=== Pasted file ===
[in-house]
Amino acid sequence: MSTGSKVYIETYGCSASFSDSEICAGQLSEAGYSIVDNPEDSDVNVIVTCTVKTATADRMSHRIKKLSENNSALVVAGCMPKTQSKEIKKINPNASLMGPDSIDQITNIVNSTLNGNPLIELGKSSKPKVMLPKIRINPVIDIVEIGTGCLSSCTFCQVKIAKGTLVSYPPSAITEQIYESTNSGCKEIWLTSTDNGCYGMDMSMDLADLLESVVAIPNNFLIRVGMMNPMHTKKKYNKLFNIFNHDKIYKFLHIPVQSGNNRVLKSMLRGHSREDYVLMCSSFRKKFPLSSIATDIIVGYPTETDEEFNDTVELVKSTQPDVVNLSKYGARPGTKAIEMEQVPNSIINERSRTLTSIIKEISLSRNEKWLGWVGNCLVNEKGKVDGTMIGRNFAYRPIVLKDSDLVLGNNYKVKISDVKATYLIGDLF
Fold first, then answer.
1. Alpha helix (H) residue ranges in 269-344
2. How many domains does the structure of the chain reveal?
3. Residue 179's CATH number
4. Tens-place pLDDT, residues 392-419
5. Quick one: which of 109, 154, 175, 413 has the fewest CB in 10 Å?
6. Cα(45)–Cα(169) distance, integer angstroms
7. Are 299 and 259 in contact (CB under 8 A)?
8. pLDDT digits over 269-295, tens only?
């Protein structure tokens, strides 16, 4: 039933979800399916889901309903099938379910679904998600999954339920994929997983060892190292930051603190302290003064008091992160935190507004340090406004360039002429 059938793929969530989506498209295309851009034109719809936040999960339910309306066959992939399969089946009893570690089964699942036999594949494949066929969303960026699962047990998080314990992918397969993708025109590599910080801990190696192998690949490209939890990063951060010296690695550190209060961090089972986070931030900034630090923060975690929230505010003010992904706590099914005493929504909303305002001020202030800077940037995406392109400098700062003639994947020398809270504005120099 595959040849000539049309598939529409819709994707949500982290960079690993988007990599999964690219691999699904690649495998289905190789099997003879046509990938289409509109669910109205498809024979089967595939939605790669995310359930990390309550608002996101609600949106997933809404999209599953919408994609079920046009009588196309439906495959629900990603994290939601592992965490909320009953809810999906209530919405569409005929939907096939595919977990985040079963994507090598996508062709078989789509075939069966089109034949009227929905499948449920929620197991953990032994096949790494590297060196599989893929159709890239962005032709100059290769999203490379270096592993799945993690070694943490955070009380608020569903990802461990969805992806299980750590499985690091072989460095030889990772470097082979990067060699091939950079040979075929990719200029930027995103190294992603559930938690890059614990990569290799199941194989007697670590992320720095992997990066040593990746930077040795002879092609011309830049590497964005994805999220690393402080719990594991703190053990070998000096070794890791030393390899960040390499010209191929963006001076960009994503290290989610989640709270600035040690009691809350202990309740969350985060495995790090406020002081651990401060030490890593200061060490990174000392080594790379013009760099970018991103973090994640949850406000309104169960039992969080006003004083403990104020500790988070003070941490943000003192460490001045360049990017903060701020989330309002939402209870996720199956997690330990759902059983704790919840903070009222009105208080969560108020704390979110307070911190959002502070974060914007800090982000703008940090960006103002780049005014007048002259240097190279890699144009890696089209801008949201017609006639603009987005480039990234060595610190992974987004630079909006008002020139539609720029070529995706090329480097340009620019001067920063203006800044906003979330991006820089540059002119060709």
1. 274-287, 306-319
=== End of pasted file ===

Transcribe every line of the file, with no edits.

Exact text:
[in-house]
Amino acid sequence: MSTGSKVYIETYGCSASFSDSEICAGQLSEAGYSIVDNPEDSDVNVIVTCTVKTATADRMSHRIKKLSENNSALVVAGCMPKTQSKEIKKINPNASLMGPDSIDQITNIVNSTLNGNPLIELGKSSKPKVMLPKIRINPVIDIVEIGTGCLSSCTFCQVKIAKGTLVSYPPSAITEQIYESTNSGCKEIWLTSTDNGCYGMDMSMDLADLLESVVAIPNNFLIRVGMMNPMHTKKKYNKLFNIFNHDKIYKFLHIPVQSGNNRVLKSMLRGHSREDYVLMCSSFRKKFPLSSIATDIIVGYPTETDEEFNDTVELVKSTQPDVVNLSKYGARPGTKAIEMEQVPNSIINERSRTLTSIIKEISLSRNEKWLGWVGNCLVNEKGKVDGTMIGRNFAYRPIVLKDSDLVLGNNYKVKISDVKATYLIGDLF
Fold first, then answer.
1. Alpha helix (H) residue ranges in 269-344
2. How many domains does the structure of the chain reveal?
3. Residue 179's CATH number
4. Tens-place pLDDT, residues 392-419
5. Quick one: which of 109, 154, 175, 413 has the fewest CB in 10 Å?
6. Cα(45)–Cα(169) distance, integer angstroms
7. Are 299 and 259 in contact (CB under 8 A)?
8. pLDDT digits over 269-295, tens only?
């Protein structure tokens, strides 16, 4: 039933979800399916889901309903099938379910679904998600999954339920994929997983060892190292930051603190302290003064008091992160935190507004340090406004360039002429 059938793929969530989506498209295309851009034109719809936040999960339910309306066959992939399969089946009893570690089964699942036999594949494949066929969303960026699962047990998080314990992918397969993708025109590599910080801990190696192998690949490209939890990063951060010296690695550190209060961090089972986070931030900034630090923060975690929230505010003010992904706590099914005493929504909303305002001020202030800077940037995406392109400098700062003639994947020398809270504005120099 595959040849000539049309598939529409819709994707949500982290960079690993988007990599999964690219691999699904690649495998289905190789099997003879046509990938289409509109669910109205498809024979089967595939939605790669995310359930990390309550608002996101609600949106997933809404999209599953919408994609079920046009009588196309439906495959629900990603994290939601592992965490909320009953809810999906209530919405569409005929939907096939595919977990985040079963994507090598996508062709078989789509075939069966089109034949009227929905499948449920929620197991953990032994096949790494590297060196599989893929159709890239962005032709100059290769999203490379270096592993799945993690070694943490955070009380608020569903990802461990969805992806299980750590499985690091072989460095030889990772470097082979990067060699091939950079040979075929990719200029930027995103190294992603559930938690890059614990990569290799199941194989007697670590992320720095992997990066040593990746930077040795002879092609011309830049590497964005994805999220690393402080719990594991703190053990070998000096070794890791030393390899960040390499010209191929963006001076960009994503290290989610989640709270600035040690009691809350202990309740969350985060495995790090406020002081651990401060030490890593200061060490990174000392080594790379013009760099970018991103973090994640949850406000309104169960039992969080006003004083403990104020500790988070003070941490943000003192460490001045360049990017903060701020989330309002939402209870996720199956997690330990759902059983704790919840903070009222009105208080969560108020704390979110307070911190959002502070974060914007800090982000703008940090960006103002780049005014007048002259240097190279890699144009890696089209801008949201017609006639603009987005480039990234060595610190992974987004630079909006008002020139539609720029070529995706090329480097340009620019001067920063203006800044906003979330991006820089540059002119060709």
1. 274-287, 306-319